When Zahida’s family reached Kabul, they found the city packed with people from all over Afghanistan. Everyone was rushing towards the capital for security against the Taliban. Many of them were Hazara Shias. The Hazaras were aware of the sectarian discrimination by the Taliban in the past and could simply not afford to trust them.

The family started temporarily staying at a friend’s house while searching for a place for themselves. But their search was cut short when, on August 15, the Taliban took control of Kabul.

Fear and confusion could be felt in the air. Kabul had become a textbook example of mayhem and chaos. Everyone started going towards the airport as they were told that US flights were airlifting people to America. The airport became another madhouse; people were climbing on each other, people hanging from planes. “My husband and I decided to wait for a few days because of my health — I am diabetic and cannot afford any fatigue and tension,” says Zahida.

On August 24, Zahida’s family went to the airport. Some of their relatives had gotten on a plane to the US, so they also decided to try their luck. It was tough to get in, with scores of people waiting to escape. “I sat in the shadow of a wall, covered from the top with barbed wire,” she recalls. “With each passing day, we were getting closer to the gate,” she adds.

With the Taliban taking control of cities around them, the Hazara couple’s worst fears were coming true. The Hazaras, who now make up an estimated nine percent of Afghanistan’s population, have historically faced prejudice, mistreatment and violence in Afghanistan.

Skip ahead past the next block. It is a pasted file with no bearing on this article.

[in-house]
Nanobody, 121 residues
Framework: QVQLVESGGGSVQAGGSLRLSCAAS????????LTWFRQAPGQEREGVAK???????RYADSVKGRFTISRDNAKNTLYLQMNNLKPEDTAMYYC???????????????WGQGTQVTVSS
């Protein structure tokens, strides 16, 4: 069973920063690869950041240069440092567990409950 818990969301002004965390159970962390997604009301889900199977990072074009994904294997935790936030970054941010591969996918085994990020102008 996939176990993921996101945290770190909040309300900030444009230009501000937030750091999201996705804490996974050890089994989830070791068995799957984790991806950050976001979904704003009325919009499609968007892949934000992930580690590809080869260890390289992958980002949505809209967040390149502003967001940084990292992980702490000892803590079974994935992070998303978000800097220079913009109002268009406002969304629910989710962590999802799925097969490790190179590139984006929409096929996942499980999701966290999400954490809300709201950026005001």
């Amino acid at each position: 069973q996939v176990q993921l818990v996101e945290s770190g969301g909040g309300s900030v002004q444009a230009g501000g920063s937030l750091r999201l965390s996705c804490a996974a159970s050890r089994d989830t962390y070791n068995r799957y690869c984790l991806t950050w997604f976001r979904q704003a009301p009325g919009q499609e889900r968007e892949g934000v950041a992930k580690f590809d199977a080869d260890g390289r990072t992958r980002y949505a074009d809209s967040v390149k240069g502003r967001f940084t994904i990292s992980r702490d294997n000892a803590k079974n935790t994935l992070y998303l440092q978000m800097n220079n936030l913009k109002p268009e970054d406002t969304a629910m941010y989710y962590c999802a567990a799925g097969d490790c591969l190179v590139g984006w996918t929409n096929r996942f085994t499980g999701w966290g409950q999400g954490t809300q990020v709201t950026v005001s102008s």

On August 26, Zahida and her family were almost at the entrance gate when a massive explosion rocked the airport.

AFTER THE BLAST

Zahida and her family started running towards secure ground. After the blast, firing began. “We were running. I was breathless and ran for not more than 10 minutes when I started feeling pain in my left leg,” she says. “I asked my husband to sit somewhere.”

When she sat on a low wall to recover some energy, she noticed that her trousers were drenched in blood. She asked her husband to see what had happened. “Let me bring a wheelbarrow to carry you to the hospital,” he responded. “Something has hit you.”

It took Zahida’s husband some time to find a wheelbarrow. By the time he returned, the pain was unbearable. Her leg was numb and she couldn’t feel it. “I was almost unconscious when he rushed me to the hospital,” she says.

Even in her condition, Zahida couldn’t help but notice that the hospital was full of people who had been injured in the blast. She was quickly taken to the operation theatre and a bullet was taken out of her leg.

When she woke up, it was close to early morning. The doctor advised Zahida to leave the hospital as they needed the room for treating patients with more severe injuries.

That is when Zahida’s family decided to leave for Quetta, Pakistan.

ROAD TO PAKISTAN AND BEYOND

Zahida’s husband hired a taxi from Kabul that charged them almost 175 dollars (over 29,000 Pakistani rupees) for the nearly 590-kilometre-long journey till Spin Boldak, which neighbours Chaman in Pakistan. It was a long journey, made longer by several checkpoints and dilapidated roads along the way.

“I was continuously taking painkillers, but the excruciating pain wouldn’t go away,” Zahida recalls. “I felt a deep ache in my leg but couldn’t check it because of the burqa I was wearing,” she says.

On the way to Spin Boldak, the family stopped to have lunch at a local hotel. Zahida went to check her leg and saw that it was turning black and blue. She didn’t know what to make of it, and neither did her husband. Besides, while on the road, they had no choice but to ignore it anyway.